Friday, April 26, 2013

"Running America" only in Digiplex Theaters May 3 - 9

Digiplex Exclusive

May 3 - 9

In "Running America," ultra-marathoners Charlie Engle and Marshall Ulrich, the only person in the world to complete the Triple Crown of Extreme Sports, team up to press the human physical and mental strengths to their limits on a record breaking run from San Francisco to New York. 

The challenge: run 3,063 miles in 46 days, starting in San Francisco and running to Times Square in NYC.  To accomplish this record-breaking milestone, they have to run close to SEVENTY miles per day!

Charlie Engle and Marshall Ulrich in "Running America"
This ground breaking documentary film follows Charlie and Marshall on their journey through sheer determination and willpower in this amazing physical and mental endurance event.

Patience, perseverance and faith drive them as they experience extreme fatigue as well challenging and dark moments of self-doubt and injury. 

"Running America" follows the highs and lows of their incredible feat as they run the equivalent of 117 marathons over 52 days.  Their epic run is their quest to reach out to ordinary Americans around the country, raising awareness for the United Way and drawing attention to childhood obesity.

Charlie Engle, the star of “Running the Sahara,” became one of the first people to run across the entire Sahara desert over 111 days, all 4,300 miles.  Ulrich, has completed 116 ultra marathons and reached the top of all Seven Summits on all seven continents.

“Running America” is the eighth film in the DigiNext series, a curated series of independent films fresh from festivals around the world.  "Running America" will debut exclusively at Digiplex Theaters across the country.  Digiplex will donate 30% of ticket sales to OneFundBoston to aid victims of the Boston Marathon attack.

Exclusive Q&A with ultramarathoner Charlie Engle:

1.How long did it take to plan Running America?
I first had the idea for Running America sometime around 2003. In truth, every ultra distance runner thinks about doing this run. It is an iconic symbol of freedom and there is a long tradition of running from coast to coast. Like most of my painful ideas, Running America sat dormant for years but it was really always there, just waiting for me to commit. That happened in 2007 when I decided it was time to get serious. I had just completed my run across the Sahara Desert and I knew I wanted to start planning the next thing.  As it turns out, the logistics planning was equally as hard as the physical undertaking itself.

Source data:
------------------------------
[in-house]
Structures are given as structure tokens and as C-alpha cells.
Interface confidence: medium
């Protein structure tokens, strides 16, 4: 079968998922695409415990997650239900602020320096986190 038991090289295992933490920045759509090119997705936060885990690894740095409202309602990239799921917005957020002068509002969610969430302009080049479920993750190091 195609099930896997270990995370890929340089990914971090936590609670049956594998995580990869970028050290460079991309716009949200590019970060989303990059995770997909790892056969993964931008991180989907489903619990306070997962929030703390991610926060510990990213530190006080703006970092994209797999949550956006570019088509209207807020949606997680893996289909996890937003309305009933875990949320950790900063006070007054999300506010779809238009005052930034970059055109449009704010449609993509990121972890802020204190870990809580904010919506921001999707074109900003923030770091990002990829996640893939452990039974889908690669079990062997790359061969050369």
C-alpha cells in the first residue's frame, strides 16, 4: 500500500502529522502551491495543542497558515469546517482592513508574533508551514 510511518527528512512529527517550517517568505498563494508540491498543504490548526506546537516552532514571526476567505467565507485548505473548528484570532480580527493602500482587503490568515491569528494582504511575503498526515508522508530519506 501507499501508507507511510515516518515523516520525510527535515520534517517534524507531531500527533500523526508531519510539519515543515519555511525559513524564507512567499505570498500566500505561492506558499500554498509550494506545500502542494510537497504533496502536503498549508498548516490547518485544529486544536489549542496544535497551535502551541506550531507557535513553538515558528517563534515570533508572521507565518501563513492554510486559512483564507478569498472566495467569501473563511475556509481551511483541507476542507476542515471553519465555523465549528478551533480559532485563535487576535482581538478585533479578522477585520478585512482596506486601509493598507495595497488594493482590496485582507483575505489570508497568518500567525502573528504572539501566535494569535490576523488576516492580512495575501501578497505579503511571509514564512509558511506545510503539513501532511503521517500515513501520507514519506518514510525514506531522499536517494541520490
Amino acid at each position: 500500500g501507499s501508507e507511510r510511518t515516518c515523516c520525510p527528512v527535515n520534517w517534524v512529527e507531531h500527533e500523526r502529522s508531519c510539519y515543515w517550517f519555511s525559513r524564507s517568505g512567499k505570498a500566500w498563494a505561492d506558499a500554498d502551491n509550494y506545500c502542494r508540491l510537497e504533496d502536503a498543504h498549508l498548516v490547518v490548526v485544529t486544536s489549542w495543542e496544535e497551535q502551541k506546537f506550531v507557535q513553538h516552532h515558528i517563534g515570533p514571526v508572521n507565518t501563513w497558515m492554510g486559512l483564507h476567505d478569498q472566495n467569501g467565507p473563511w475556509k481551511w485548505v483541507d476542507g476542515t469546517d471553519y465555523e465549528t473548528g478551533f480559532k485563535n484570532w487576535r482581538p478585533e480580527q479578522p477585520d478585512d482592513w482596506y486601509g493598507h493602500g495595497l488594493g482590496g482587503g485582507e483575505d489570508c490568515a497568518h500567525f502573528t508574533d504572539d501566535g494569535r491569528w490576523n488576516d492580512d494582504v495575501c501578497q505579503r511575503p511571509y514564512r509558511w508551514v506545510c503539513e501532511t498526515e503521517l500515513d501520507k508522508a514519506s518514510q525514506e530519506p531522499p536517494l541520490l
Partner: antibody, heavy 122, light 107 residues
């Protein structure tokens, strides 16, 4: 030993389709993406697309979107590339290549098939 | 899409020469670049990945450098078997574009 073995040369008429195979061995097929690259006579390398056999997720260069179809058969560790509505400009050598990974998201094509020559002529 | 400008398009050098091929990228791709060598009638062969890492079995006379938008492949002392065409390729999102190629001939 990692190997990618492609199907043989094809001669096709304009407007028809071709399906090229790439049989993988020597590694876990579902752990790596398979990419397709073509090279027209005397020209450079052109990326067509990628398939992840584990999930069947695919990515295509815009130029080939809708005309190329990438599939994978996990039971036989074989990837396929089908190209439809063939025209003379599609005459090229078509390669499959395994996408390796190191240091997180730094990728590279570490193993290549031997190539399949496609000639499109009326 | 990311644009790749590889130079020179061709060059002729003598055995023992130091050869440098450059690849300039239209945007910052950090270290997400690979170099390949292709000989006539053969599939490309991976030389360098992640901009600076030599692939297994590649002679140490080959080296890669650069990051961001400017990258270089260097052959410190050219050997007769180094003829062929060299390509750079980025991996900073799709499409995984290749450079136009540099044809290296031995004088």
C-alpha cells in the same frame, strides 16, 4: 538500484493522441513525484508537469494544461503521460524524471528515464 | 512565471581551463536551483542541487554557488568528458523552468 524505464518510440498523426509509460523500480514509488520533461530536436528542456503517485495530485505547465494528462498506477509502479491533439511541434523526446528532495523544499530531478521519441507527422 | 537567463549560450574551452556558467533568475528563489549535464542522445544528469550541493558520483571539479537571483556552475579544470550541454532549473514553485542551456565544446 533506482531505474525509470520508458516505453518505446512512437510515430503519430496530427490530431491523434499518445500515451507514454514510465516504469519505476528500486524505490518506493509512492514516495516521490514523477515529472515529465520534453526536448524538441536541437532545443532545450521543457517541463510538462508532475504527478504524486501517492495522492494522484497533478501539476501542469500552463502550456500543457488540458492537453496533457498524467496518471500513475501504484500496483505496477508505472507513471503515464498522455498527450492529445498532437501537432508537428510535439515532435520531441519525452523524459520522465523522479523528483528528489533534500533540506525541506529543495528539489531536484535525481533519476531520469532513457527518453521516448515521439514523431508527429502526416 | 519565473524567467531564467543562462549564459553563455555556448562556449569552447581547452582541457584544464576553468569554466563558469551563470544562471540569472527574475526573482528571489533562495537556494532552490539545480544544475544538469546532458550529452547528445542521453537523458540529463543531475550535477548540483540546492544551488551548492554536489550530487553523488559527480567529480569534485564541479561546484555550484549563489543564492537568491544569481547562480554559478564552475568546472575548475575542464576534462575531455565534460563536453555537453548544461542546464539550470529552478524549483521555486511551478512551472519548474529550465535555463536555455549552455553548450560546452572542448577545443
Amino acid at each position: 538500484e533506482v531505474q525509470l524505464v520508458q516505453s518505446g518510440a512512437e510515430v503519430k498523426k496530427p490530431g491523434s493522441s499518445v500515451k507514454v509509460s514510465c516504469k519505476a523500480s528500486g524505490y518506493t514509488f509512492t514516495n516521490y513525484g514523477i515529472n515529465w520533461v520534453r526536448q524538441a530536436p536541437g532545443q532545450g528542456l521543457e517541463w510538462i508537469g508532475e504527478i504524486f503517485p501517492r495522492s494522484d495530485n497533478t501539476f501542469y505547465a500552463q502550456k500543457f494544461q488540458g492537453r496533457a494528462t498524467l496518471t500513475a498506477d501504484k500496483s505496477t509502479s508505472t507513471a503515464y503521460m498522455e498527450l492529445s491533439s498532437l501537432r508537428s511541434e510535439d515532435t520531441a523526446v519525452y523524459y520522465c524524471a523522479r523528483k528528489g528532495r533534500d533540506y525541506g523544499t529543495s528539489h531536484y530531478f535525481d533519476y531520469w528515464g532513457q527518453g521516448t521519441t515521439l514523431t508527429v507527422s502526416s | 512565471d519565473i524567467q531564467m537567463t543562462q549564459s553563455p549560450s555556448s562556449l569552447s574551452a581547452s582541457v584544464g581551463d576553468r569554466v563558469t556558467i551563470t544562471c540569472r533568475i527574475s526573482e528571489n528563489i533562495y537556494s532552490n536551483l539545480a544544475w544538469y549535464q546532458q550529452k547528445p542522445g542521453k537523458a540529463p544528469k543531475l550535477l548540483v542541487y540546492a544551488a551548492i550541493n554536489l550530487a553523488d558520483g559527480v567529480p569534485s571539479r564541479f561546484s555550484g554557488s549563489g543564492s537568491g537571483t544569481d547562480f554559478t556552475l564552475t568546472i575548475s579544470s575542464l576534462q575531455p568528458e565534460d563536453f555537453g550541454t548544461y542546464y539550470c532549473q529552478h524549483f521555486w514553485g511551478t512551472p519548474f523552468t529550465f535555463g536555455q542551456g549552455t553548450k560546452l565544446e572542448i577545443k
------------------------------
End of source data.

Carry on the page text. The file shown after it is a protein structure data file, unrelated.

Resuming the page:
2.How did you train to run 70 miles every day? –Running America presented a problem for me physically. I needed to run almost 500 miles per week to set a new record. But to run that much in training was just not possible or healthy. So I focused more on just trying to be healthy. Experience had taught me that my body would adapt to the stress during the run but to beat myself up further before the run just didn't make sense. As it turned out, I was not able to stay healthy before the run due to the stress of preparation and training. I was working and training for 18 hours every day and I
contracted a bad staph infection. If I had to do it again (and I just might), I would try to delegate much more of the logistics to others and just focus on my physical health.

3. How did you feel when the doctor told you that you would do permanent damage to your leg if you didn't stop? Did you consider continuing anyway?

The moment when the doctor told me I had to quit is forever etched in my mind. It brought out a mixture of emotions for me because I was desperate to continue but I was in so much pain, I just couldn't see a way to finish this run. I was severely depressed at this point of the expedition. I felt like I was letting down so many people but I had accept what the doc was telling me. All my toes on my right foot were numb at the time and I knew he was telling me the truth. Through my sadness over the situation, I was still able to see that this was an opportunity if I just looked at it the right way. I needed to accept that things had changed and that my job now was to support my fellow runner and to find a way to make something positive out of this mess.

4.How did it feel to run with the kids in Sydney, Iowa?
The day that I ran into Sydney, Iowa is one of the best days of my life. These kids didn't care about any records or injuries or sponsors. All they wanted to do was run and to me acknowledged. I literally felt a weight lifted from my heart when I met these kids and ran into Sydney. At that moment I knew that everything was going to be alright if I just kept moving forward.  Those kids saved me.

5. Do you plan to try again to set the Running America record?
I think about trying again every day. I have so many places I still want to run across in the world but I can say for sure that I will try again to break this record. There is a reason that the record has existed for 33 years now. It's simply the most difficult running record on the world to break. That's the very reason I am so drawn to it. All the odds are against anyone ever being able to break it. But just because something may seem impossible, that doesn't
mean we shouldn't try.

May 3 - 9
Only in Digiplex Theaters

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